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Junior high school teacher suspended for kissing former student



The junior high school teacher in the Kamloops-Thompson school district was disciplined by Commissioner B.C. Teachers' Regulations after embracing and kissing a former student's neck.

According to the consent settlement agreement published by B.C. Ministry of Education, Brett Edward Wasylik behaved improperly with his former student in the restaurant on the evening of November 12, 2016.

The Kamloops-Thompson school district confirms that the girl was 17 at the time of the accident and had recently graduated.

Wasylik, who, as he says, had many years of teaching experience at that time, taught the student in classes eight and nine.

The report states that Vasylik went to the Kamloops restaurant for a gala dinner at the end of the season with the sports team when he noticed that his former student was working there as a host.

At one point, Vasylik approached the former student and talked to her for five minutes, commenting on her appearance, saying that she looked "super hot".

He told her that he had received a player award, that he had recently completed a master's degree course in education, that the birthday was approaching and that he was having fun tonight.

Wasylik also showed two of his photos, including one without a shirt. It was observed that he was standing very close to the former student and hugged her.

"I will not kiss you, but your neck"

At night, the teacher repeatedly called the hostess and said that he would like her to join the ceremony with her. This behavior made the former student uncomfortable.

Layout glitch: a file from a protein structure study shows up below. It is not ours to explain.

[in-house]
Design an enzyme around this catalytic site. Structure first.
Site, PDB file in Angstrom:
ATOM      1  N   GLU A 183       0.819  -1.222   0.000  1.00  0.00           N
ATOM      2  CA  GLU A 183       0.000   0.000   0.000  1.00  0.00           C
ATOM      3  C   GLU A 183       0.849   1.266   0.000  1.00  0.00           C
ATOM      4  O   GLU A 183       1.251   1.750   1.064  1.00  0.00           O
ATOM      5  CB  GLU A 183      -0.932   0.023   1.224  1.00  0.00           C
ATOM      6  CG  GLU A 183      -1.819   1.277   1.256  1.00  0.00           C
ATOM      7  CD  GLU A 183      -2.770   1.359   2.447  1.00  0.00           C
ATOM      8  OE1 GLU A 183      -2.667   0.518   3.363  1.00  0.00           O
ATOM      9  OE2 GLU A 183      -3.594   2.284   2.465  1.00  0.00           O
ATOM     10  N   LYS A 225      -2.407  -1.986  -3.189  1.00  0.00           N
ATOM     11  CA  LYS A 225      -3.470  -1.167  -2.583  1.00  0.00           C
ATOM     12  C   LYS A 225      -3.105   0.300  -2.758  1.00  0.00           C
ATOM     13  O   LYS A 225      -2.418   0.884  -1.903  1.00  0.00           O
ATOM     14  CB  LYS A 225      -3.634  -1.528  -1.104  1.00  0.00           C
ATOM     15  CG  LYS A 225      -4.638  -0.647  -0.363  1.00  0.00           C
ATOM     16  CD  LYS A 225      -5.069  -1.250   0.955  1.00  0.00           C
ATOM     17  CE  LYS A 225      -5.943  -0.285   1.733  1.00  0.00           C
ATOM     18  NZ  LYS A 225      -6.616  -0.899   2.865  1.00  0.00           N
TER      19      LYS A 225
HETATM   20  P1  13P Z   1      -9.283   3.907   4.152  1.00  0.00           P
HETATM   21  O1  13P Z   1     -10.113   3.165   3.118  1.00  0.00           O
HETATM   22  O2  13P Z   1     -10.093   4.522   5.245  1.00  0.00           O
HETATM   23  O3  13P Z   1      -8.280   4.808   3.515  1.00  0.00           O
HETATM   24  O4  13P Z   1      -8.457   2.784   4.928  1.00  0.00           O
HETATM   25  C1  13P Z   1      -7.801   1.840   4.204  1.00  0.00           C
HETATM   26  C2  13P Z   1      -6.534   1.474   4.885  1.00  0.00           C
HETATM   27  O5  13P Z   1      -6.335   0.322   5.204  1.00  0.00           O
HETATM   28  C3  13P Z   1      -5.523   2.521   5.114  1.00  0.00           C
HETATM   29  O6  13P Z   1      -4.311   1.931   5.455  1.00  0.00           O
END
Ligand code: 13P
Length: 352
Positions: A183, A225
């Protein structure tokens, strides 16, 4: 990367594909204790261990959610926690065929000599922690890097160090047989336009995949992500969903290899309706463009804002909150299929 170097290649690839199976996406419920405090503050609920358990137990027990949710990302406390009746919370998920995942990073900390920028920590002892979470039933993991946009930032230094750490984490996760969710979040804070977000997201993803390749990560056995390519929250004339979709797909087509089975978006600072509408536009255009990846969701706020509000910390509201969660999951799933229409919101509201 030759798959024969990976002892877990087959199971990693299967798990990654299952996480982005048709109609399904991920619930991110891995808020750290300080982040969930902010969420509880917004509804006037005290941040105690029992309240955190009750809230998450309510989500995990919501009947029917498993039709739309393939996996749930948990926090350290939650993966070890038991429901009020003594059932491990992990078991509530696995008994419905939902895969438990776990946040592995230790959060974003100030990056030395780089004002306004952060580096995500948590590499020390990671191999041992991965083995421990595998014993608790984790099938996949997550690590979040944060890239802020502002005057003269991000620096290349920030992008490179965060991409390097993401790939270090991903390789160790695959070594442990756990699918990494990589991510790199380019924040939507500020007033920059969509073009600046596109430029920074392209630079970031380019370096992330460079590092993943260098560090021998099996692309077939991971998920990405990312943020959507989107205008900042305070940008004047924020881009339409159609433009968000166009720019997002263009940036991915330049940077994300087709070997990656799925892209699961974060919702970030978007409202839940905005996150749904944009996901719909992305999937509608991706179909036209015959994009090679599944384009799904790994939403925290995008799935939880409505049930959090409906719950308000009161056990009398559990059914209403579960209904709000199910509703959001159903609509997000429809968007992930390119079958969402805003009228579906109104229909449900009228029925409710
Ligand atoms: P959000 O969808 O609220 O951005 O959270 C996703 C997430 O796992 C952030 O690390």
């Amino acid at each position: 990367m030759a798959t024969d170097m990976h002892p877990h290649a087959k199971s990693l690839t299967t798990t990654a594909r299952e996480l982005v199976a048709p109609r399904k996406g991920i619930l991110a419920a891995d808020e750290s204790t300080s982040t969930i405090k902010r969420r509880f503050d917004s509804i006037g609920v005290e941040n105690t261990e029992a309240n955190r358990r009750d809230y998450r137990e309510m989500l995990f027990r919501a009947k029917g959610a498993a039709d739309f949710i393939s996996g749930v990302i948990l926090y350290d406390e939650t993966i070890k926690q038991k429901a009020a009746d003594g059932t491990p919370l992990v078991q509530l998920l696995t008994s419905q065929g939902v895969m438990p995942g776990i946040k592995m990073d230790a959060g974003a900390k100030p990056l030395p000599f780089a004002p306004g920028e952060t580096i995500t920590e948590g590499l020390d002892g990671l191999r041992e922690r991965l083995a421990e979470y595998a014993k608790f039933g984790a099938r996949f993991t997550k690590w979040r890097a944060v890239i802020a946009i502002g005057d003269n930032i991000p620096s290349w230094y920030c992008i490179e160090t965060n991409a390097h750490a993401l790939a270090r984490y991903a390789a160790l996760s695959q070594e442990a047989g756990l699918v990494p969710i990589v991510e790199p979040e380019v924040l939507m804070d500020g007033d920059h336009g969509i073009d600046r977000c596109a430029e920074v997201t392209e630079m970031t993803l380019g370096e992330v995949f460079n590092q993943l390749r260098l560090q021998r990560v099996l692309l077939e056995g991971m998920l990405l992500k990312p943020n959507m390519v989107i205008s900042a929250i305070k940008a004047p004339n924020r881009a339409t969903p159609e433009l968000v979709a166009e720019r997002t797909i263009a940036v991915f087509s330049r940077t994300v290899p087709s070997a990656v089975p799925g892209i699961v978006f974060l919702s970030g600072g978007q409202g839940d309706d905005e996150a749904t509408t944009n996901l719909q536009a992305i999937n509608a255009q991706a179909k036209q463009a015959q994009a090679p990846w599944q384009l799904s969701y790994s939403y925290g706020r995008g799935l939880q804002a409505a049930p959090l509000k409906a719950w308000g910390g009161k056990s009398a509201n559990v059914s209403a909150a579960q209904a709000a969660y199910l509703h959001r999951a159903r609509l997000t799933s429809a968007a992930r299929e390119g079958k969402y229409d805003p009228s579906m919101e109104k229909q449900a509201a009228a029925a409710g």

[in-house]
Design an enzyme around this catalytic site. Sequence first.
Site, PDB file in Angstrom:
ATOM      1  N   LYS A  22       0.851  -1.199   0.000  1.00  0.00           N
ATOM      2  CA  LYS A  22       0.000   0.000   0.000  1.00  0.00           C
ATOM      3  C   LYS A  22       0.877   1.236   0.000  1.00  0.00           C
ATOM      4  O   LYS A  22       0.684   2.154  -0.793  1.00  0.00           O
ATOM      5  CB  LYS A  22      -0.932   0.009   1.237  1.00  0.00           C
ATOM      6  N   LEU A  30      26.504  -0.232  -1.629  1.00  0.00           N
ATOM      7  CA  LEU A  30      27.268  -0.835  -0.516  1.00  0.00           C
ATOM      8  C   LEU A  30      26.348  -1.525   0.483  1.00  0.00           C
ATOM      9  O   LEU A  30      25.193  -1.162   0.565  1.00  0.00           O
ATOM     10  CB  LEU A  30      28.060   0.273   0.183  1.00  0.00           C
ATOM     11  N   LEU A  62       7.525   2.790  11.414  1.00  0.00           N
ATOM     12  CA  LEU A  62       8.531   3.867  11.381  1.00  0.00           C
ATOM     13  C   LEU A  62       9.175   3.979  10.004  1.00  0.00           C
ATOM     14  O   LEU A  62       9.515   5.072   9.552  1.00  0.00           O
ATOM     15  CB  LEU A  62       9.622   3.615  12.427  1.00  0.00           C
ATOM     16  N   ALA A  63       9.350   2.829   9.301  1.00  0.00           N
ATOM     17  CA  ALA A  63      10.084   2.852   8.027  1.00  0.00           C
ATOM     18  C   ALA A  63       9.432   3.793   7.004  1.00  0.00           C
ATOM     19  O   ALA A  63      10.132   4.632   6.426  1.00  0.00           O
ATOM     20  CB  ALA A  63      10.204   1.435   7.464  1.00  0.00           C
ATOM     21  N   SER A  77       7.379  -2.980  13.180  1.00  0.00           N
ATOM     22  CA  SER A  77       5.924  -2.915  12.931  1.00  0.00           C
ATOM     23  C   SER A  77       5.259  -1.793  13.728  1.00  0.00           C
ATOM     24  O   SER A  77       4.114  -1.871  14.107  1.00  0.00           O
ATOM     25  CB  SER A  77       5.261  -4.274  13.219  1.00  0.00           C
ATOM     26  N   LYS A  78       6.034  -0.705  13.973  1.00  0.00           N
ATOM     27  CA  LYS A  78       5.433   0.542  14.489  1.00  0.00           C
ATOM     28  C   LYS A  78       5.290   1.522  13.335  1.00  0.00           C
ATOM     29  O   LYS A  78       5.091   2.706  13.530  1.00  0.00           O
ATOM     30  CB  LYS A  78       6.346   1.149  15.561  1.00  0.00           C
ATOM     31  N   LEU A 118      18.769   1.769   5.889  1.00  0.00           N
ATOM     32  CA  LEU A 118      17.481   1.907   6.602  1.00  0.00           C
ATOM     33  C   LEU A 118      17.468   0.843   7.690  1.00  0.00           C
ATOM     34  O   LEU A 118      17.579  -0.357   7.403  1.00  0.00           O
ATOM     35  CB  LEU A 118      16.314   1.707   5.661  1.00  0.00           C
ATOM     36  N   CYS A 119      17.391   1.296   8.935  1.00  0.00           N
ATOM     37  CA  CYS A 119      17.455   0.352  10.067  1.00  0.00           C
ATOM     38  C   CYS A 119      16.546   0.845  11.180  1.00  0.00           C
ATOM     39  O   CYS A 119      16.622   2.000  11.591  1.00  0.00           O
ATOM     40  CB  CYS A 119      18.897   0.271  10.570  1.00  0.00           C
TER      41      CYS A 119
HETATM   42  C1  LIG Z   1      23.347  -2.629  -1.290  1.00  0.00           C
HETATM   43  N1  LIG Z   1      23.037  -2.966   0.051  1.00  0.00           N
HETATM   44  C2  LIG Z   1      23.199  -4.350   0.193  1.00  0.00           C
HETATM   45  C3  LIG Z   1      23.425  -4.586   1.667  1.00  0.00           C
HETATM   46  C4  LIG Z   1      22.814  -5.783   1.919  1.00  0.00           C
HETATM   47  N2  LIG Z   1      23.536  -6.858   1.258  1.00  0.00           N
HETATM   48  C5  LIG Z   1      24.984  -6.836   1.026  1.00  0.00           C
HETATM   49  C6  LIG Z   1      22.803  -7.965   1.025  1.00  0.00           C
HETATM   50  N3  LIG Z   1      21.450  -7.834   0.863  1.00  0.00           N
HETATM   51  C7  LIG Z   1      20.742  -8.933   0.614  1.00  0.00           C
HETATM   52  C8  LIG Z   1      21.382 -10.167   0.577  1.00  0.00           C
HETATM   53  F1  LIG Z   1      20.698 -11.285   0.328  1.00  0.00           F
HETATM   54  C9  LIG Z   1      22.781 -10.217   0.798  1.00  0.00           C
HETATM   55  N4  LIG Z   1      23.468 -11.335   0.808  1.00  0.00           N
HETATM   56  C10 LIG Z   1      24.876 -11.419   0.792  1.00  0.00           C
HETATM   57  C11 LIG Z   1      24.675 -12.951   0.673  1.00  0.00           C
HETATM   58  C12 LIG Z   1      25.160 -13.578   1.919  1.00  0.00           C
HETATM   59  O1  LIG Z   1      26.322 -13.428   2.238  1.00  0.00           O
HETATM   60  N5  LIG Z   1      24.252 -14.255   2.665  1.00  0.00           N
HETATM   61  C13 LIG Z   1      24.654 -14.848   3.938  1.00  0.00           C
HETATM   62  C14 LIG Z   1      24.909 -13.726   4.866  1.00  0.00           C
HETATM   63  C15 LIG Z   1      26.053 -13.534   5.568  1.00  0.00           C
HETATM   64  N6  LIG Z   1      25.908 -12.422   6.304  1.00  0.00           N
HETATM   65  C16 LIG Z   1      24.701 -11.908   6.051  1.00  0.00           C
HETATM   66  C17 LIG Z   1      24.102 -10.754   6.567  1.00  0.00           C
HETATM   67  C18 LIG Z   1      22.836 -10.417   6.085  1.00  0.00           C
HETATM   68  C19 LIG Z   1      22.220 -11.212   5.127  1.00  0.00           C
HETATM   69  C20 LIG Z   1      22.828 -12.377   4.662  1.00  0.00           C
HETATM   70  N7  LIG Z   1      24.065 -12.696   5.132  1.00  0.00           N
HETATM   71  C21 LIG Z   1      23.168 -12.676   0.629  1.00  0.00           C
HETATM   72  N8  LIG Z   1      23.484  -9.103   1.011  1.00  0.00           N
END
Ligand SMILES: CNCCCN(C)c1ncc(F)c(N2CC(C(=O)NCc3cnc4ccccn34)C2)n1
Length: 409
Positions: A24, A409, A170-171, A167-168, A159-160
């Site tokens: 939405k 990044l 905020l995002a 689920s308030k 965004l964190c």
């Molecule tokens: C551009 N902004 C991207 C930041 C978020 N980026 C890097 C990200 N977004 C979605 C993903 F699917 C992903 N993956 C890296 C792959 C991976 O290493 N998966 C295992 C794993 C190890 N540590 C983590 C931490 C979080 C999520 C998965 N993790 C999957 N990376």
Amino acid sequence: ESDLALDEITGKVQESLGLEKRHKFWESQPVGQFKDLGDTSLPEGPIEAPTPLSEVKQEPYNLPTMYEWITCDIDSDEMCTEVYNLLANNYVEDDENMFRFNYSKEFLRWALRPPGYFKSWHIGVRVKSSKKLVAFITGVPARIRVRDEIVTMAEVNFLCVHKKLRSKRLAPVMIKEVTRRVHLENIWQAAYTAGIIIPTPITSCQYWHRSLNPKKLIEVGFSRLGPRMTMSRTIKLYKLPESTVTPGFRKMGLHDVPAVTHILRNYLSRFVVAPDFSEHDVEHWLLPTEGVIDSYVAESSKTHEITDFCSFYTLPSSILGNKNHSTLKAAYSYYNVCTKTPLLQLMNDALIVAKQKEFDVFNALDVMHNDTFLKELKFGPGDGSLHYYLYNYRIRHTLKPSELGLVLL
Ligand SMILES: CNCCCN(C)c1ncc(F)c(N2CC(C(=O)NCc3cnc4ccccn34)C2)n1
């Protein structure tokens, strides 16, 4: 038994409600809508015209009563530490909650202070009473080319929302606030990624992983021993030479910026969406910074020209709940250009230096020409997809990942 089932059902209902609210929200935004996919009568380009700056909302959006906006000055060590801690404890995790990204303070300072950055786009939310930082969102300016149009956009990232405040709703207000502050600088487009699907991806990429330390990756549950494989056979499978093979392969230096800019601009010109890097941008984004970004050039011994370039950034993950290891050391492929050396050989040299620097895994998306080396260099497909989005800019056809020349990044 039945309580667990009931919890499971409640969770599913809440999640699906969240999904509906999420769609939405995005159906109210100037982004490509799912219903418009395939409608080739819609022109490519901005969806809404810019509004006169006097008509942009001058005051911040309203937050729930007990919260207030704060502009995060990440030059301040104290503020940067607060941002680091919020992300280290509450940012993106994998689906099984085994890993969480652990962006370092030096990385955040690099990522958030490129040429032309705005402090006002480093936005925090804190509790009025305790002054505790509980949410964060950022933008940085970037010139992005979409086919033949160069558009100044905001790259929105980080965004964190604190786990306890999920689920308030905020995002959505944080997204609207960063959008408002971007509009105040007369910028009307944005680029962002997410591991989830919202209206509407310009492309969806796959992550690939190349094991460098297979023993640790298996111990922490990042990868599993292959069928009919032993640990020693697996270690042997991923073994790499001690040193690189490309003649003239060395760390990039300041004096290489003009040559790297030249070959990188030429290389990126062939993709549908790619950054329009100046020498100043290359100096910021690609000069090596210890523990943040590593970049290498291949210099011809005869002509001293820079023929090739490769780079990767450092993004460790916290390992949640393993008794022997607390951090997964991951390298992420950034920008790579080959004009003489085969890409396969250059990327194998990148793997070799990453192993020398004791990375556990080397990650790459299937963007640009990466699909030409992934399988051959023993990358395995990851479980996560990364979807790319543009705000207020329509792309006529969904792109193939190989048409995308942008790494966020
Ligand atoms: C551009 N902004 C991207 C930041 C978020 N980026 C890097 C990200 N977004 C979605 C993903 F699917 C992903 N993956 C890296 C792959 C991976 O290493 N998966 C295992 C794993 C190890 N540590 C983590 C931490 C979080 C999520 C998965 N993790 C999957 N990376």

When Vasylik saw that the former student was preparing to leave work, he offered to take her to the car, and when she refused, he insisted. He put his arm around her, and as they left, she pointed out to her colleague that she was uncomfortable.

The teacher escorted a former student to her car, hugged her and said the words with the effect "I'm not going to kiss you, just your neck", which he did. The former student drove away, concerned about Vasilik's behavior.

Wasylik was then asked by the manager to leave the restaurant, who told him that he was not welcome after hearing about his behavior from an employee. Vasylik agreed to leave, but told the manager that he did not have to worry about him because he was her teacher.

Teacher suspended

In November 2016, Vasylik was suspended for three days without pay by the school district and was required to complete a course on strengthening respect for professional boundaries.

Less than a month after the incident, the school district stated that it had submitted an investigation report to the teacher regulation department.

Vasylik confirmed the information contained in the consent agreement and admitted that his behavior was inappropriate and contrary to the first two standards of education, competence and professional conduct of teachers in B.C.

The teacher agreed to suspend his certificate for two days, which will be delivered before October 31, 2019.

The suspension was considered an appropriate punishment by the commissioner based on the fact that Vasylik told others that he had taught the student, persistently contacts her, although it is simply undesirable and initiates physical contact with her in a private environment.

"I am very disappointed that a professional in our school district has done such misconduct," said Kamloops-Thompson school superintendent, Alison Sidow.

"Of course, public safety and student safety are paramount, and when a teacher engages in any behavior or uses his position in any way to create inappropriate relationships, clearly when it's undesirable, it's very important to us."

Sidow says an investigator with the teacher regulation department reviewed the case and found additional information.

He claims that the evidence will be checked by a legal advisor, which may result in further discipline.

Sidow says he wants to encourage students who are uncomfortable in the presence of staff to report this.

"I am delighted, I think that women, and especially this former student, had the courage to come forward and share this information," said Sidow.


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